If you know me, you’re aware of my love for hilarious road signs. I decided it’s about time to share a few of the best thus far, so here goes.

This first one is just funny. The girl and the ice cream are adorable, then the mustache? And it was in Bucharest, which is just funny to me.

Girl With Moustache

Then there’s this info sign with an arrow. At first sight, not funny, but there’s a guy holding this info sign with an arrow and every few minutes he would turn to shift his weight and the arrow would be facing an entirely different direction! People were wandering around aimlessly just looking for some darn information.

Info Sign

What’s this? A car shower? Obviously it’s for a car wash but putting the car under an enlarged shower heard is just funny.

Car Shower

There are just so many words on this sign and it was 400 feet below the surface of the earth. The only phrase that stands out is “Attention The Shaft,” which is funny.

Too Many Words

I Heart Textil too!

I Heart Textil

So apparently they’re going to destroy this 500-year-old church and build a modern high-rise, which I am supposed to be excited about, I guess.

Building Swap

“Hey girl, what you listening to?” - “Oh, you know, just my favorite tunes while I contemplate buying a delectable McDonald’s cheeseburger.” - “No way, me too! Yeah, McDonald’s is so fun and cool.”
McDonalds Girls

Watch out for cows and humans.

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Apparently this is a houses, trees, cars and kids playing soccer zone.

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And this is a no houses, no trees, no cars and no kids playing soccer zone.

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The world is funny.


Kyle Taylor

02 December 2009

Death Car

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We’ve had incredible luck with our cars on this trip until Romania. The Opel Corsa did us good in Estonia and Latvia and the Volkswagen Polo somehow managed to carry five Anglos from corner to corner with very little effort. The story here, however, is quite different. First, we paid nearly twice as much per day for a Dacia Logan. If you’re thinking to yourself, “what the heck is a Dacia?” that’s because you have never and will never EVER purchase one. It is Romania’s national car company and the Logan represents 50% of sales not because it’s “that good” but because it’s “that cheap.” At $36 a day it was by far the best deal we could find, though if I had known it may mean the end of me, I might have splurged for something NOT awful.

Lets start with the radio. One hour into our journey it just stops working for no reason at all. Mind you, this is a road trip and no music means listening to the sound of the exhausted motor as we crawl up and down winding roads. This leads us to plugging a mini speaker into my iPod and setting it in the cup holder. While it’s barely loud enough to hear, it’s better than nothing. The radio does come back to life at random moments but within ten minutes it begins its slow and depressing death once more, flickering on and off, in and out until all noise fades away completely like an engine running out of gas.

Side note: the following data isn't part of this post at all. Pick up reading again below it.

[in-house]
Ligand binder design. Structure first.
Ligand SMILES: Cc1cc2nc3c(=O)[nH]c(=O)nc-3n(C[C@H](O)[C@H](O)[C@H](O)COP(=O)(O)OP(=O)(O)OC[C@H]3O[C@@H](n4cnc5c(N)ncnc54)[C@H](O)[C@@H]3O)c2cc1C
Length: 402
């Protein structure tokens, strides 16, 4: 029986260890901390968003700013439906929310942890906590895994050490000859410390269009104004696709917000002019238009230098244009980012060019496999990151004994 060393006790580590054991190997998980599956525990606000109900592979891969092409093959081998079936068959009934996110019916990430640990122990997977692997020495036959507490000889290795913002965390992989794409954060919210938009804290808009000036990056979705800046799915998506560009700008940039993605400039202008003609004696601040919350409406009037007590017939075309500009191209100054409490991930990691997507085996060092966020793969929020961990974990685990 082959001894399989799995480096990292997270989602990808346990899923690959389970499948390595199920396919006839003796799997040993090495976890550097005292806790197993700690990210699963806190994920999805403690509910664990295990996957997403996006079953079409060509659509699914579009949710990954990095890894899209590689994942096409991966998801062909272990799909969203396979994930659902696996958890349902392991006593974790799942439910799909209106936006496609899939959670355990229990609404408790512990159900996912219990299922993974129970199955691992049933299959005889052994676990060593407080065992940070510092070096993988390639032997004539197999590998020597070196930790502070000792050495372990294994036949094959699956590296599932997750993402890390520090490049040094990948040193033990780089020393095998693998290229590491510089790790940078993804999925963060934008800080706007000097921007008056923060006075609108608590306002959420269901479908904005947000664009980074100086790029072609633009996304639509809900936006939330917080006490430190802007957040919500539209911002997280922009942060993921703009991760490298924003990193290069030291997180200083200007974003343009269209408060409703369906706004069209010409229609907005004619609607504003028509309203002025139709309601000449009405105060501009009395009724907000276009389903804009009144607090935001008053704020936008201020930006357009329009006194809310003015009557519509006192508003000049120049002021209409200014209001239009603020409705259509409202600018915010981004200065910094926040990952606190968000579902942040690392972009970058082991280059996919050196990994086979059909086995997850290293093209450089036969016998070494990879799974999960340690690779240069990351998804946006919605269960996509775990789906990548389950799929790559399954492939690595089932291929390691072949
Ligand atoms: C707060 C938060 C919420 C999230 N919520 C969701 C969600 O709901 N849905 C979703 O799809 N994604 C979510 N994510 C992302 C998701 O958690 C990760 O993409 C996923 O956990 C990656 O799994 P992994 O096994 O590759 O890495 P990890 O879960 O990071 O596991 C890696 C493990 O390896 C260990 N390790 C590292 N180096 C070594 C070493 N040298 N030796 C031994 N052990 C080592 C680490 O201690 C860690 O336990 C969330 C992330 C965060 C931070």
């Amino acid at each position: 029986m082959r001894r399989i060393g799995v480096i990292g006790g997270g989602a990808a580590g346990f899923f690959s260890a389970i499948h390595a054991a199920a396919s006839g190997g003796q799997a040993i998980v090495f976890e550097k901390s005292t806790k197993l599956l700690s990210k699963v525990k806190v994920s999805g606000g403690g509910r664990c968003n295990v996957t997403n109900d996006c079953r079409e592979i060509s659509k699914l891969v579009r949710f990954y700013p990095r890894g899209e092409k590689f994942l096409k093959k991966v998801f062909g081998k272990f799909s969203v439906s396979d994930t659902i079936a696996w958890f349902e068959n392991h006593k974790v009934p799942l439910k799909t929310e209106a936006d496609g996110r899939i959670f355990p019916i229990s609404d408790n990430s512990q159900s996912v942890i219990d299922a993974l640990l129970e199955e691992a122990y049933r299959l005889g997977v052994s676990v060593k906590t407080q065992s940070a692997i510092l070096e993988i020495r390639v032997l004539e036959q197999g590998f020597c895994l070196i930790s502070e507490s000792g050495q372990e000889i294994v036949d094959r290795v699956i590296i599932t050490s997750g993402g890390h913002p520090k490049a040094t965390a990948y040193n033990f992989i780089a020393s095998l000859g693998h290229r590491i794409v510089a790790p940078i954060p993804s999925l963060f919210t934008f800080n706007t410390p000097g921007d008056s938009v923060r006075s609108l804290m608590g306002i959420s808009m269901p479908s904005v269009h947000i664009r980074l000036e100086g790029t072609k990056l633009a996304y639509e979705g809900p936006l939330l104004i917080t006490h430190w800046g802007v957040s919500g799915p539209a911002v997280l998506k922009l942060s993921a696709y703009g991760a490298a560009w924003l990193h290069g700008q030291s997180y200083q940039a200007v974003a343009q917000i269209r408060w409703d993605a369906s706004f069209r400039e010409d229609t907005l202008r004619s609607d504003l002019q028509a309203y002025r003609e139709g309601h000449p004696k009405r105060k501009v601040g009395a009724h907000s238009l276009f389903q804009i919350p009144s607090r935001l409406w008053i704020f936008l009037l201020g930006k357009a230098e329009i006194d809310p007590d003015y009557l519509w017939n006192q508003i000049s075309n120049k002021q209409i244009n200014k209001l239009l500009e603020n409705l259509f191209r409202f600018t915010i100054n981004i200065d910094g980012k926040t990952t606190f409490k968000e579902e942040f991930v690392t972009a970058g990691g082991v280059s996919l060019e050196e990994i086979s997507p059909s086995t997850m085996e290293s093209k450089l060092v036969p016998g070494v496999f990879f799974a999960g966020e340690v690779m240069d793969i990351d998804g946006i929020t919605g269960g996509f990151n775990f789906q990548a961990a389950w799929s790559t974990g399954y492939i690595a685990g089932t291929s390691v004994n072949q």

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Romanian drivers are THE WORST. They dart out into the road, pass on blind turns and have no sense of personal space. As such, a horn would be wildly useful. At one moment a man driving a horse-drawn carriage leapt into oncoming traffic using a whip and his middle finger. I went to blast the horn only to find that there is, in fact, no horn on the steering wheel. Instead, the button in on the blinker bar., meaning you have to simultaneously hold on to the steering wheel at 10 and 2 while reaching around with your pinky finger to “show em’ who’s boss..” Good one Dacia. Good one.

The windows were fogging intermittently because it was cold outside and hot inside but also because the car is a piece of crap. I went to turn on the AC only to discover that the button is, in fact, permanently wedged in the “on” position. Thankfully (I guess) that’s where we wanted it).

Do you want to back up? Well, pay attention. Reverse is where 6th gear should be and there is no 6th gear.

How about inclement weather, like the snow storm we came across in the depths of a Transylvanian night? Switchback roads, half-working headlights, a broken fog lamp and a snow storm. Things you need: windshield wipers and wiper fluid to keep the windshield clear. Things we don’t have: wiper blades and wiper fluid. That meant a horrific screeching sound as the metal rods glided spastically from floor to side. Floor to side. Screech! Screech! Slam! Screech! Screech! Slam! I pull the “trigger” to spray some washer fluid. Nothing. I try again. Nothing. We pull into a service station to buy the necessary items as I curse the mafia-esque man who rented us this piece of [expletive] car.

I chalk up my survival to paranoia, fear and sheer luck. Next time, I want something NOT made in a former Communist country.


Kyle Taylor

01 December 2009

Lets Do The Time Warp...In Transylvania!

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You may be thinking, “hey, Transylvania is where Dracula is from. That’s a fairy tale. It doesn’t really exist, does it?” Yes. Yes it does, and it’s in Romania. In fact, Transylvania comprises the entire western half of this charming little country. A collection of small cities and villages nestled deep in the Transylvanian mountains, this region is as mysterious as its name and everything you’d expect.